Thursday, July 7, 2011

World Competition in Sport Metaphors


With China’s growing economic clout and political stature, Beijing has been talking about China’s “peaceful rise” to great-power status for several years. As China is preparing for leadership change in the fall of 2012, the world is watching whether Xi Jinping, who will most likely replace President Hu Jintao, will bring any policy changes.

Since China overtook Japan to become the world’s second largest economy last year, economists and China-watchers have been debating when China would overtake the US as the world’s biggest economy. Some have coined the term “Chinamerica” to highlight the close interactions and interdependency between China and the US. Commentators use the term “Beijing Consensus” to describe an alternative model of economic development to the Washington Consensus of market-friendly policies.

Within China, intellectuals and writers from many sectors have debated rigorously the implications of China’s “peaceful rise.” One of the interesting books I have come across is the best-seller 中国梦:后美国时代的大国思维与战略定位(China Dream: Post-American Age’s Mindset for a Big Country and Strategic Positioning).

The author 刘明福 (Liu Mingfu) is a professor of National Security University and Director of the Research Center for Military Construction at the University. Liu, who joined the Chinese army in 1969, argues that China’s dream to be a powerful country has had a long history.

The Chinese monarchy was overthrown in 1911 and the Chinese Republic was established. Even though China was dirt poor at the time, Sun Yat Sen, the father of the Chinese Republic, exhorted his Chinese compatriots to build China to be “the world’s most prosperous and powerful country.” Then in 1955, Mao Zedong has famously said that China has to surpass Britain and catch up with the US. But the Great Leap Forward resulted in famine and disaster.

Liu’s book uses three interesting metaphors to describe the competition among world powers.

· Dueling: No world power would willingly give up its dominance without resorting to violence and war. Different world powers have risen to prominence in modern history: Portugal in 16th century, the Netherlands in 17th, Britain in 19th and 20th, and the USA in the latter part of the 20th century. The replacement of the old world power by the new has often been accompanied by war. The USA became a world power as a result of the two world wars. Dueling is a very cruel form of competition.

· Boxing: The Cold War between the former Soviet Union and the US can be compared to boxing. The Cold War was more “civil” than the world wars: the arms race did not lead to direct military confrontations between the superpowers. In boxing, each party wants to win, but one does not need to kill or eliminate the opponent.

· Track and Field: The competition between China and the US in the 21st century is more like challenges in track and field, instead of dueling or boxing. The motto of the Olympic games is “faster, higher, and stronger.” The rise of China is not to create another superpower, but to help build a peaceful, open, and harmonious world. The development of China will contribute to the economy of the US and benefit the world.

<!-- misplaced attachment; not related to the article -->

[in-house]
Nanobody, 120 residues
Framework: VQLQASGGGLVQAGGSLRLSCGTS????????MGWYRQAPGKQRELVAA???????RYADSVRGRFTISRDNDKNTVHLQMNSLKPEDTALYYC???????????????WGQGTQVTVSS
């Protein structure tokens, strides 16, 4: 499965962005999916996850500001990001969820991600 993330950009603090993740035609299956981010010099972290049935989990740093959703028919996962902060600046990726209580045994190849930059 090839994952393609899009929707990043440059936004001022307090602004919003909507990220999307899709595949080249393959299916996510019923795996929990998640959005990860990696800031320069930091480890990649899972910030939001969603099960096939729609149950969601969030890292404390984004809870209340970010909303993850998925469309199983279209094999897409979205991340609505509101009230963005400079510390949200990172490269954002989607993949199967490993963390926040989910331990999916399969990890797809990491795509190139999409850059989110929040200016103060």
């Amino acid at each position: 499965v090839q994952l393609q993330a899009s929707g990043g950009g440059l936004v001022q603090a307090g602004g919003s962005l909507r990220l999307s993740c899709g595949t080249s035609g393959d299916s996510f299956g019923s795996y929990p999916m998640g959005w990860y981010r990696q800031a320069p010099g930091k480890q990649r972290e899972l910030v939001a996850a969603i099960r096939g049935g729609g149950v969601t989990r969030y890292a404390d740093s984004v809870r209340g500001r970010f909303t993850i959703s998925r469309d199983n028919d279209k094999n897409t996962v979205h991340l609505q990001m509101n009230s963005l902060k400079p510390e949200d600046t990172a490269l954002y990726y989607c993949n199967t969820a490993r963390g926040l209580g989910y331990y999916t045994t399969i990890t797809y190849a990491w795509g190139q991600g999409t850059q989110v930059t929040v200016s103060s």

Each of these sports has its own rules; the key question will be who will be setting the rules for world competition in the 21st century? How will the smaller and weaker nations have a say in determining the criteria for an open and harmonious world? What kind of global structures would need to be created to arbitrate the “world games”?

Since China lost the Opium War to Britain in 1842, China has been forced to sign numerous unequal and humiliating treaties. Deng Xiaoping’s socialism with Chinese characteristics has awakened the sleeping giant in the East. His open policies have radically changed the economic and social contours of the most populous country on earth. With economic growth, many Chinese have regained confidence in their country. Books like China Can Say No have become very popular.

Liu’s book plays into the rising nationalistic sentiments of the Chinese. He states that in order to become a world power, China must compete with the US in terms of military power and capability. His hawkish position has been criticized because this will lead to a new round of arms race and the increase of nuclear arsenals.

Nationalism runs very deep in China today. On Chinese web sites, many Chinese bloggers and commentators rush to defend China whenever China is criticized, especially by Western media. A strong China dream has the danger of romanticizing the nation, the people, or the state. It can lead to blind trust and uncritical support of the nation. When this happens, China dream could become nightmare for other countries and peoples.

2 comments:

  1. Thanks for this very informative post. Interesting how nationalistic pride can quickly turn to "blind trust and uncritical support" of any nation... a lesson many US citizens might take to heart.
    B.

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  2. I like that you give the title of the book you're talking about in the original (although I can't read very many of the characters). It's a reminder that being able to read a couple of Indo-European languages is not enough for educated people any more.

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